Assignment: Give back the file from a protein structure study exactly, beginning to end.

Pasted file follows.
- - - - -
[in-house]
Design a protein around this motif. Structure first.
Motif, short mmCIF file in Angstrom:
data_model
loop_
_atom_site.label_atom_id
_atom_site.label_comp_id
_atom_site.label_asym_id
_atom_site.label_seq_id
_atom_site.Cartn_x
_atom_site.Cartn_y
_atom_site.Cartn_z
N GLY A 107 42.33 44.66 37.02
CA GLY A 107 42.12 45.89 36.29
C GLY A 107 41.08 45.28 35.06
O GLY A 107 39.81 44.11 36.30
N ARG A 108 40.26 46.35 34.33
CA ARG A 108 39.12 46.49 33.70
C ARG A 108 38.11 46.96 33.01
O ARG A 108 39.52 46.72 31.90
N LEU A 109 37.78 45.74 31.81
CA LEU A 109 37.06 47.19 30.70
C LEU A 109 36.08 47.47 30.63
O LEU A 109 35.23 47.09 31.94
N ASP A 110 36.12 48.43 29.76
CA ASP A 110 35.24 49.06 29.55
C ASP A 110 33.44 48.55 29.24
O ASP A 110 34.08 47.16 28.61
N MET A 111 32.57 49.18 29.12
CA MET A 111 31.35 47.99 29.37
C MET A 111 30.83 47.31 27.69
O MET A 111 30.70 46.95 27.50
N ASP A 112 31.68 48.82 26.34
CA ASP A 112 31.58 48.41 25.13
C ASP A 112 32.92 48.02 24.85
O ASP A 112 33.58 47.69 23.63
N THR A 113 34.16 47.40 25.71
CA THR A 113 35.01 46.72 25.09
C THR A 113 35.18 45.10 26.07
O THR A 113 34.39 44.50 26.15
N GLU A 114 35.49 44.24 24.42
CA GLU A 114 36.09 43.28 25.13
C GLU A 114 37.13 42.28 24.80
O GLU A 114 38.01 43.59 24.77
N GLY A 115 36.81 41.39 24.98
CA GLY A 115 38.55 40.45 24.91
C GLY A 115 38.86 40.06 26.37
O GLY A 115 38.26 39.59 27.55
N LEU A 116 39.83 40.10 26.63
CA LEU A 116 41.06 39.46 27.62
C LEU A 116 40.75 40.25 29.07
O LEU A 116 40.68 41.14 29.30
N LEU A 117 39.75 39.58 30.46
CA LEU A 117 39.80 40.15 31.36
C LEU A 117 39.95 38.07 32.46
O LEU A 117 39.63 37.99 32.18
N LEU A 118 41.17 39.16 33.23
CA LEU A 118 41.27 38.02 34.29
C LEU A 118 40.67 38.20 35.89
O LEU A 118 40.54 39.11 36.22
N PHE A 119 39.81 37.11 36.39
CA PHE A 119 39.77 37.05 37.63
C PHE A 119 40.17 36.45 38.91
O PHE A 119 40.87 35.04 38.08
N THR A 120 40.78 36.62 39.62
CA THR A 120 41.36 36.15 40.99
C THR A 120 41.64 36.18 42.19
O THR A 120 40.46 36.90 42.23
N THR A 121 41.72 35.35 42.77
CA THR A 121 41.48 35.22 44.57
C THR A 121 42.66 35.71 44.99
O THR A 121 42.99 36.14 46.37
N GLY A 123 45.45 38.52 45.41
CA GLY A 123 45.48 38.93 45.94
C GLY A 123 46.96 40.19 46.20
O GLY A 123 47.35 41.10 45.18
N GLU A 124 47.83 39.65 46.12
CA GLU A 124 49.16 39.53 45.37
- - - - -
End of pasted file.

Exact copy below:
[in-house]
Design a protein around this motif. Structure first.
Motif, short mmCIF file in Angstrom:
data_model
loop_
_atom_site.label_atom_id
_atom_site.label_comp_id
_atom_site.label_asym_id
_atom_site.label_seq_id
_atom_site.Cartn_x
_atom_site.Cartn_y
_atom_site.Cartn_z
N GLY A 107 42.33 44.66 37.02
CA GLY A 107 42.12 45.89 36.29
C GLY A 107 41.08 45.28 35.06
O GLY A 107 39.81 44.11 36.30
N ARG A 108 40.26 46.35 34.33
CA ARG A 108 39.12 46.49 33.70
C ARG A 108 38.11 46.96 33.01
O ARG A 108 39.52 46.72 31.90
N LEU A 109 37.78 45.74 31.81
CA LEU A 109 37.06 47.19 30.70
C LEU A 109 36.08 47.47 30.63
O LEU A 109 35.23 47.09 31.94
N ASP A 110 36.12 48.43 29.76
CA ASP A 110 35.24 49.06 29.55
C ASP A 110 33.44 48.55 29.24
O ASP A 110 34.08 47.16 28.61
N MET A 111 32.57 49.18 29.12
CA MET A 111 31.35 47.99 29.37
C MET A 111 30.83 47.31 27.69
O MET A 111 30.70 46.95 27.50
N ASP A 112 31.68 48.82 26.34
CA ASP A 112 31.58 48.41 25.13
C ASP A 112 32.92 48.02 24.85
O ASP A 112 33.58 47.69 23.63
N THR A 113 34.16 47.40 25.71
CA THR A 113 35.01 46.72 25.09
C THR A 113 35.18 45.10 26.07
O THR A 113 34.39 44.50 26.15
N GLU A 114 35.49 44.24 24.42
CA GLU A 114 36.09 43.28 25.13
C GLU A 114 37.13 42.28 24.80
O GLU A 114 38.01 43.59 24.77
N GLY A 115 36.81 41.39 24.98
CA GLY A 115 38.55 40.45 24.91
C GLY A 115 38.86 40.06 26.37
O GLY A 115 38.26 39.59 27.55
N LEU A 116 39.83 40.10 26.63
CA LEU A 116 41.06 39.46 27.62
C LEU A 116 40.75 40.25 29.07
O LEU A 116 40.68 41.14 29.30
N LEU A 117 39.75 39.58 30.46
CA LEU A 117 39.80 40.15 31.36
C LEU A 117 39.95 38.07 32.46
O LEU A 117 39.63 37.99 32.18
N LEU A 118 41.17 39.16 33.23
CA LEU A 118 41.27 38.02 34.29
C LEU A 118 40.67 38.20 35.89
O LEU A 118 40.54 39.11 36.22
N PHE A 119 39.81 37.11 36.39
CA PHE A 119 39.77 37.05 37.63
C PHE A 119 40.17 36.45 38.91
O PHE A 119 40.87 35.04 38.08
N THR A 120 40.78 36.62 39.62
CA THR A 120 41.36 36.15 40.99
C THR A 120 41.64 36.18 42.19
O THR A 120 40.46 36.90 42.23
N THR A 121 41.72 35.35 42.77
CA THR A 121 41.48 35.22 44.57
C THR A 121 42.66 35.71 44.99
O THR A 121 42.99 36.14 46.37
N GLY A 123 45.45 38.52 45.41
CA GLY A 123 45.48 38.93 45.94
C GLY A 123 46.96 40.19 46.20
O GLY A 123 47.35 41.10 45.18
N GLU A 124 47.83 39.65 46.12
CA GLU A 124 49.16 39.53 45.37